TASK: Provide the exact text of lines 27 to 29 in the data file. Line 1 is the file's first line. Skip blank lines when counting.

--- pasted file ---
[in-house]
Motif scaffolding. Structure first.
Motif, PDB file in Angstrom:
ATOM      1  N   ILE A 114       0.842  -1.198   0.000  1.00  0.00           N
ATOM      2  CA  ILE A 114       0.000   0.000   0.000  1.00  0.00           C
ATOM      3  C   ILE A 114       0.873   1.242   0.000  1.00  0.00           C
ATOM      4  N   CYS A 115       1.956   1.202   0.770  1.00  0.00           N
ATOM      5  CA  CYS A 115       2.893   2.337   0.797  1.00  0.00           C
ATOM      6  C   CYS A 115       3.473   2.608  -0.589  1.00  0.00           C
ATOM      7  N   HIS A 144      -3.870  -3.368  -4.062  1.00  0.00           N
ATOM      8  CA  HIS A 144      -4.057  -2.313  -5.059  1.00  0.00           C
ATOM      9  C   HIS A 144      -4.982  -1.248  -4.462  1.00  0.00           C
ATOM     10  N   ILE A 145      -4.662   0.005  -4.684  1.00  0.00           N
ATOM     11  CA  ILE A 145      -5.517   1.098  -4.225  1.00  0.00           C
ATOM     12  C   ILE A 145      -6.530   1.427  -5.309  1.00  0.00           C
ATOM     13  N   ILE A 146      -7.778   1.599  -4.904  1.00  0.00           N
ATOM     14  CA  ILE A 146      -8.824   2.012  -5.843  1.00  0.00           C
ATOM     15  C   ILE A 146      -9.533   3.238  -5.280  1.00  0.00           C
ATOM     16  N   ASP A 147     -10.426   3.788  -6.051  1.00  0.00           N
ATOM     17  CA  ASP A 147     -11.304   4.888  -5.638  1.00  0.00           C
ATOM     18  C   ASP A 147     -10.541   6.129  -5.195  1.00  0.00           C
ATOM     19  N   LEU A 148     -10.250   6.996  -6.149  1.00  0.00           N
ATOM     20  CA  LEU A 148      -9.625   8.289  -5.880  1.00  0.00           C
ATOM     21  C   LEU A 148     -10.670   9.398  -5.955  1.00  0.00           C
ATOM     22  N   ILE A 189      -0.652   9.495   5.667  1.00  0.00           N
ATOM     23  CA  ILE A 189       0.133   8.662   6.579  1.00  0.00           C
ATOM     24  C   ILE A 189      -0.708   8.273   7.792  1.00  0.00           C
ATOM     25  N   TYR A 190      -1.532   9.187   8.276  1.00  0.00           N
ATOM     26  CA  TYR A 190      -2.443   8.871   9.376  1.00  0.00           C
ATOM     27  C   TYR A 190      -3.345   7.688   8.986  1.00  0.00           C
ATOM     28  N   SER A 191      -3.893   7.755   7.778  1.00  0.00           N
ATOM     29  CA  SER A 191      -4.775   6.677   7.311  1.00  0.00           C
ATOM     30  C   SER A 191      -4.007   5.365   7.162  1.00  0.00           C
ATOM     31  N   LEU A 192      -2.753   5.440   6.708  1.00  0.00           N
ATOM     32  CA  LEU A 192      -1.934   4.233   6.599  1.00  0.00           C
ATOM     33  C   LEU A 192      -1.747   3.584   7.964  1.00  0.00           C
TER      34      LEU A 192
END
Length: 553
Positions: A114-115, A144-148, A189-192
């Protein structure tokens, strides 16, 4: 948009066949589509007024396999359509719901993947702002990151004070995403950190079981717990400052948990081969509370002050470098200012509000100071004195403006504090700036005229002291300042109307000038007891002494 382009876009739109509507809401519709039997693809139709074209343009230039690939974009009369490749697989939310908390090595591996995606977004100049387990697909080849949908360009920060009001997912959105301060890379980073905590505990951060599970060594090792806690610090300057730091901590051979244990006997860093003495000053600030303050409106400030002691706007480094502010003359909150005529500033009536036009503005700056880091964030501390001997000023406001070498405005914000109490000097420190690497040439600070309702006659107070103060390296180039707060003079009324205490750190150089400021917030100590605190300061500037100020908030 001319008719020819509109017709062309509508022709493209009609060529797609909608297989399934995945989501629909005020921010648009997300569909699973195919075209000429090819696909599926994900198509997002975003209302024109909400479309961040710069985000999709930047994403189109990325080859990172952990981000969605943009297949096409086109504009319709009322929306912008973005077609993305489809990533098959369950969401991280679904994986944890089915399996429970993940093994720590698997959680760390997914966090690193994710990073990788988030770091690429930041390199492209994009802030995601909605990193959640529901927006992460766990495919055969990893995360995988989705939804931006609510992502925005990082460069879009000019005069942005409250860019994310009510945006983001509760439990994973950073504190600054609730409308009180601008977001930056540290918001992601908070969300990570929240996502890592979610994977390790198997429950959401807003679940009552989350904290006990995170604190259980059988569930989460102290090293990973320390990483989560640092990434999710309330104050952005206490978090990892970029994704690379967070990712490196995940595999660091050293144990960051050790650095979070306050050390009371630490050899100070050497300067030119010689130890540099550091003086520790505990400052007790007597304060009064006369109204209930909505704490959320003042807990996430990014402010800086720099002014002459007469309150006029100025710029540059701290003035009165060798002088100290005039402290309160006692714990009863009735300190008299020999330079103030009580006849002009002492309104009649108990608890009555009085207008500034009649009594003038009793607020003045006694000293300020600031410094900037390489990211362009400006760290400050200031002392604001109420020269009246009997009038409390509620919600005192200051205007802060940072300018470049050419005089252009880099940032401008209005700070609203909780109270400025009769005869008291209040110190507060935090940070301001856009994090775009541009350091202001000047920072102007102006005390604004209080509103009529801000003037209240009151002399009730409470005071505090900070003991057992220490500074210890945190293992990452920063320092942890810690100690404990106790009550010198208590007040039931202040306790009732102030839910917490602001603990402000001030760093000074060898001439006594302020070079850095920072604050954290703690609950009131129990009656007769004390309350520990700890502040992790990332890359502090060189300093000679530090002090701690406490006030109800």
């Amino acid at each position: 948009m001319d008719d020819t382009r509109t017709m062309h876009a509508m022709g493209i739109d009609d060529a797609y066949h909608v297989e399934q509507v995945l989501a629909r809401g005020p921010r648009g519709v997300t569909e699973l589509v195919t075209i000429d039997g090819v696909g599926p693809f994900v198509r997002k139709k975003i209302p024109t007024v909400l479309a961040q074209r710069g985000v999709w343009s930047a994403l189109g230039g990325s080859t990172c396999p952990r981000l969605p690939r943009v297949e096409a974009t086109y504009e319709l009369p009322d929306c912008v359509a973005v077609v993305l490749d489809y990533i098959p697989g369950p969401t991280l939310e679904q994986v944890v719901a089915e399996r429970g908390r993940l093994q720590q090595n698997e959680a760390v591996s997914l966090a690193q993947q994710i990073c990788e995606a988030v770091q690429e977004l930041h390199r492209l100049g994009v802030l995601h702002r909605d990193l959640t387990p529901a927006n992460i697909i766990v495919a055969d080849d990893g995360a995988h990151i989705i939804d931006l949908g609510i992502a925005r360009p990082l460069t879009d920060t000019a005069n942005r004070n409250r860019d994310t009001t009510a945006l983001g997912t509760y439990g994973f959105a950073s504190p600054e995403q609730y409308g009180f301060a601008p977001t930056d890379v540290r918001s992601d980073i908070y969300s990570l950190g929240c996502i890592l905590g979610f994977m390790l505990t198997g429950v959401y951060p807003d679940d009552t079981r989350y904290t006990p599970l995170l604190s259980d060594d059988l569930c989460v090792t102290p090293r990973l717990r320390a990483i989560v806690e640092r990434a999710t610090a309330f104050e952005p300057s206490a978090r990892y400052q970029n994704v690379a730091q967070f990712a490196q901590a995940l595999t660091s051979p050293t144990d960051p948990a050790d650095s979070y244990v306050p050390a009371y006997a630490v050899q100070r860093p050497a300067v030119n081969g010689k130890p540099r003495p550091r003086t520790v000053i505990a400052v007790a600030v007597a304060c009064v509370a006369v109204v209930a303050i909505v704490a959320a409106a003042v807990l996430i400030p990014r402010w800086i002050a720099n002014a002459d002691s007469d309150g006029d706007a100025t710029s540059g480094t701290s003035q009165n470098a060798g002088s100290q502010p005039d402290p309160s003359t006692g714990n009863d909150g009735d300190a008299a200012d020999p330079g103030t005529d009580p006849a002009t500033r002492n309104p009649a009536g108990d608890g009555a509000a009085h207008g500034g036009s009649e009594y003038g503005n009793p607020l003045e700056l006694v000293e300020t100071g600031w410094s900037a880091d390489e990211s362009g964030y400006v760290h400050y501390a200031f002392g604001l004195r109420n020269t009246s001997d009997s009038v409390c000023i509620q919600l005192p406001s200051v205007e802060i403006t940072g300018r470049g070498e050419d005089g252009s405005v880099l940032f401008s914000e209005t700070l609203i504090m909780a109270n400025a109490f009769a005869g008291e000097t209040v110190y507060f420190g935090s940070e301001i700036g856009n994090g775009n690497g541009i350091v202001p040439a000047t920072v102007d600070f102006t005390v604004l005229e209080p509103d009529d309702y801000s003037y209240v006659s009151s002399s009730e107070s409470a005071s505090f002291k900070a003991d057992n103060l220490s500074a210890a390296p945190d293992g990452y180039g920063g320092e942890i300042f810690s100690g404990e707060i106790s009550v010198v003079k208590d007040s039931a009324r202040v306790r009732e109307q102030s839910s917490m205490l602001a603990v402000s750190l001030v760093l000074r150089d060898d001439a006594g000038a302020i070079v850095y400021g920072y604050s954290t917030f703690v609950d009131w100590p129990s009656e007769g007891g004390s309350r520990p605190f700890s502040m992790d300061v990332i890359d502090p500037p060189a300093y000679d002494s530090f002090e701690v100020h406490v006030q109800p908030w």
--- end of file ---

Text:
ATOM     24  C   ILE A 189      -0.708   8.273   7.792  1.00  0.00           C
ATOM     25  N   TYR A 190      -1.532   9.187   8.276  1.00  0.00           N
ATOM     26  CA  TYR A 190      -2.443   8.871   9.376  1.00  0.00           C